New Remedy for Online Defamation

, Texas Lawyer

   | 1 Comments

The Texas Supreme Court recently set precedent by ruling that a court can order an author to delete a defamatory Internet posting, but cannot stop him from reposting the same statements elsewhere.

This content has been archived. It is available exclusively through our partner LexisNexis®.

To view this content, please continue to Lexis Advance®.

Continue to Lexis Advance®

Not a Lexis Advance® Subscriber? Subscribe Now

Why am I seeing this?

LexisNexis® is now the exclusive third party online distributor of the broad collection of current and archived versions of ALM's legal news publications. LexisNexis® customers will be able to access and use ALM's content by subscribing to the LexisNexis® services via Lexis Advance®. This includes content from the National Law Journal®, The American Lawyer®, Law Technology News®, The New York Law Journal® and Corporate Counsel®, as well as ALM's other newspapers, directories, legal treatises, published and unpublished court opinions, and other sources of legal information.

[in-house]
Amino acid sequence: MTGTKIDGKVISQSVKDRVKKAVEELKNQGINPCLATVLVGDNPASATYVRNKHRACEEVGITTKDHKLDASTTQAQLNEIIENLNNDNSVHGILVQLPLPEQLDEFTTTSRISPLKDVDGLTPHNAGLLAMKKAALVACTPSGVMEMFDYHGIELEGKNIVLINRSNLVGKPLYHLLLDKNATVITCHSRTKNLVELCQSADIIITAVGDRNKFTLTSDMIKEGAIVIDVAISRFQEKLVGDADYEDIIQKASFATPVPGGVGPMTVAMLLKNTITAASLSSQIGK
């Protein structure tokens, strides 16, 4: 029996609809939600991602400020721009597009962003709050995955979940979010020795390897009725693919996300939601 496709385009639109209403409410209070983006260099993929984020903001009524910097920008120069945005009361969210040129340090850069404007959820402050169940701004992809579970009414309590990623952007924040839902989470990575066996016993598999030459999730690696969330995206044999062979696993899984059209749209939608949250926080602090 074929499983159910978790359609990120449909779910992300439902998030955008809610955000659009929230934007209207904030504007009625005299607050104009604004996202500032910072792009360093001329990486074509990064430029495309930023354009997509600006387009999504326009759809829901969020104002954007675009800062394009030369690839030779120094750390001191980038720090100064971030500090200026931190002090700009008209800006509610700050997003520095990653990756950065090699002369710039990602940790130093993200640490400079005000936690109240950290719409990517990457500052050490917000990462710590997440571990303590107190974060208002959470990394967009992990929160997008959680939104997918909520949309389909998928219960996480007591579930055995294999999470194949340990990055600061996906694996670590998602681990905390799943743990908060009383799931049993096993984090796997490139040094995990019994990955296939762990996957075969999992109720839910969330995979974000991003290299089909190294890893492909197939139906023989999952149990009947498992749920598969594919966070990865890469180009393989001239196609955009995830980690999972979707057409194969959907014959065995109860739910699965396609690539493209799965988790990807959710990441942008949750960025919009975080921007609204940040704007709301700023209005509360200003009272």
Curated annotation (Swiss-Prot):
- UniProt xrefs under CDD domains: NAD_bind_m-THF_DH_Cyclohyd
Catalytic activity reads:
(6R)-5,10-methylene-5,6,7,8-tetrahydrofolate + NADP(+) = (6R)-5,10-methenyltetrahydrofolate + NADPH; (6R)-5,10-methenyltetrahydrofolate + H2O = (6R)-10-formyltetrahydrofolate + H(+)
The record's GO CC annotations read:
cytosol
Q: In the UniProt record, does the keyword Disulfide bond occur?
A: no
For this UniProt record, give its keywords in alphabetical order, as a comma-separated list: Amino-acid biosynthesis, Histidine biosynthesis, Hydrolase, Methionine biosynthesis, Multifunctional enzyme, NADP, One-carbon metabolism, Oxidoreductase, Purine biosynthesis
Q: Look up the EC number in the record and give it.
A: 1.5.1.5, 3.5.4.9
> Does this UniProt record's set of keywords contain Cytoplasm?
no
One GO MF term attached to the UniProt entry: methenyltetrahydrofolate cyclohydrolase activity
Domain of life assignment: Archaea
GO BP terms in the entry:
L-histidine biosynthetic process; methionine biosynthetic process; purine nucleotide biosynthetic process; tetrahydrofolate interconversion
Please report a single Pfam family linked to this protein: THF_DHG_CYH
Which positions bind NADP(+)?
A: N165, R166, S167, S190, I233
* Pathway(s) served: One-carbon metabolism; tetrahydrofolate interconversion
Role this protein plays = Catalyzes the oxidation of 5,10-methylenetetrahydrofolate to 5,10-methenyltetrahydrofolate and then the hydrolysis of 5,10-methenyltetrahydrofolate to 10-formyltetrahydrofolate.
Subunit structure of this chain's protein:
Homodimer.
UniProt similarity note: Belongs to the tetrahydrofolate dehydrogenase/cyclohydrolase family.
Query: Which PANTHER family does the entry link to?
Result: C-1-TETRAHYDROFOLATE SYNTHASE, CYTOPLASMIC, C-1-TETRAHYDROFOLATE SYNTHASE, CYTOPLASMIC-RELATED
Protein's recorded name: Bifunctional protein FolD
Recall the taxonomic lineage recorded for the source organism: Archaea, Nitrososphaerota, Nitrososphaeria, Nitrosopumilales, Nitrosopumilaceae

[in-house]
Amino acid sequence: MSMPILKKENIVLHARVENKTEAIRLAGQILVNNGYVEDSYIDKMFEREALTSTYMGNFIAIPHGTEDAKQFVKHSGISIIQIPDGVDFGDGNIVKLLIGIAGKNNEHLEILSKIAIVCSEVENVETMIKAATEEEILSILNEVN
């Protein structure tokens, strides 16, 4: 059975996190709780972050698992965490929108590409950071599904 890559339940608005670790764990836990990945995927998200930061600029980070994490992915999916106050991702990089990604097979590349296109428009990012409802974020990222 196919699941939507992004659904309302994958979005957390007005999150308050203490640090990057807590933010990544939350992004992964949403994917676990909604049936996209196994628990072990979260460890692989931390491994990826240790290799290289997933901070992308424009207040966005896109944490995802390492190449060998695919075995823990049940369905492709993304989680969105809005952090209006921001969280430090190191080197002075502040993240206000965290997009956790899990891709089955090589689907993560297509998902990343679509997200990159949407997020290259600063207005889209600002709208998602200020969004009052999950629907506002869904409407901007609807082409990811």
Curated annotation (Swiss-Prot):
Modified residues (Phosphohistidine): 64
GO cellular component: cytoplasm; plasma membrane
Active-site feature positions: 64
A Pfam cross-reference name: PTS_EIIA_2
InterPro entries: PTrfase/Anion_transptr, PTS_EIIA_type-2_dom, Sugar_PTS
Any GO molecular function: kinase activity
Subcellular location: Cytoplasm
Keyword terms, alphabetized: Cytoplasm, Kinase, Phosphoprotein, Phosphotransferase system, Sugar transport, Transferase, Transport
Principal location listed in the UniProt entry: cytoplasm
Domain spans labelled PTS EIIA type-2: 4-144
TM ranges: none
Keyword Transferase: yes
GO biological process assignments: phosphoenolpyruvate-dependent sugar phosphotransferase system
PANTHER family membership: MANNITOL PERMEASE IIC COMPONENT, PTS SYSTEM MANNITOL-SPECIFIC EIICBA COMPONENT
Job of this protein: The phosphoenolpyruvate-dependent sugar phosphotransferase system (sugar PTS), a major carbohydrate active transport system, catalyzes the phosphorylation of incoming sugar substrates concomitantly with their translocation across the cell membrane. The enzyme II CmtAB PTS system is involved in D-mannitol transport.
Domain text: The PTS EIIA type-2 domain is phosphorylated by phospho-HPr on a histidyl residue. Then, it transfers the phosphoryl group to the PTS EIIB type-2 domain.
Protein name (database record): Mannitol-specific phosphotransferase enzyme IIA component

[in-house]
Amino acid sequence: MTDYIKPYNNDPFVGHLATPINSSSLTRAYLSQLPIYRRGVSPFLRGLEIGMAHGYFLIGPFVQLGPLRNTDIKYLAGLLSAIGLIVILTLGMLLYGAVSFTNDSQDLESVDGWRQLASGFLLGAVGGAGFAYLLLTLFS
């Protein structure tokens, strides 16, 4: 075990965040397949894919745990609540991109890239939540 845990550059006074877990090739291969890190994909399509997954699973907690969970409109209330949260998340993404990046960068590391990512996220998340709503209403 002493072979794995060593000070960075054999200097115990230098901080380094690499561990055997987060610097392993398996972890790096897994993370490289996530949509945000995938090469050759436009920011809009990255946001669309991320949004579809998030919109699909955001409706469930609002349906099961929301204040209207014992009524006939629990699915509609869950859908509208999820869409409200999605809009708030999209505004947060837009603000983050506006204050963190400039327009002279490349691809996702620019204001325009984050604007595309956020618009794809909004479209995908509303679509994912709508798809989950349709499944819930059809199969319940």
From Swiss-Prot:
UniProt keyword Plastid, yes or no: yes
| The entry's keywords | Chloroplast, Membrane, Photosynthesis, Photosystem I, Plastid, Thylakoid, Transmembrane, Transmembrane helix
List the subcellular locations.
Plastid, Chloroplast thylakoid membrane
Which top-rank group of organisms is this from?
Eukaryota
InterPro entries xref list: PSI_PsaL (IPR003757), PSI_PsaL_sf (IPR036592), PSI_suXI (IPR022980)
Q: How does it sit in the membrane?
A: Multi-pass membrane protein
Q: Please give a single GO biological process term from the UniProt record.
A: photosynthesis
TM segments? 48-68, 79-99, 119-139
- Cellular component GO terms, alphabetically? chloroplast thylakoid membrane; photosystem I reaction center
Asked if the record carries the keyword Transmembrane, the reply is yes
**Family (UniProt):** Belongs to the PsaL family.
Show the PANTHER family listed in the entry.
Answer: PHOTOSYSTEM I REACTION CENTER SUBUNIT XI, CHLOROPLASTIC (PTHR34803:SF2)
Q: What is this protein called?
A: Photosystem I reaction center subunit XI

ALM's content plays a significant role in your work and research, and now through this alliance LexisNexis® will bring you access to an even more comprehensive collection of legal content.

For questions call 1-877-256-2472 or contact us at customercare@alm.com

What's being said

  • Dave Lawrence

    The potential for injunctive relief is still quite narrow since it is limited in scope to content over which the author has direct control. Intermediary websites are still immunized from injunction related to third-party content by 47 U.S.C. § 230.

Comments are not moderated. To report offensive comments, click here.

Preparing comment abuse report for Article #1202668854527

Thank you!

This article's comments will be reviewed.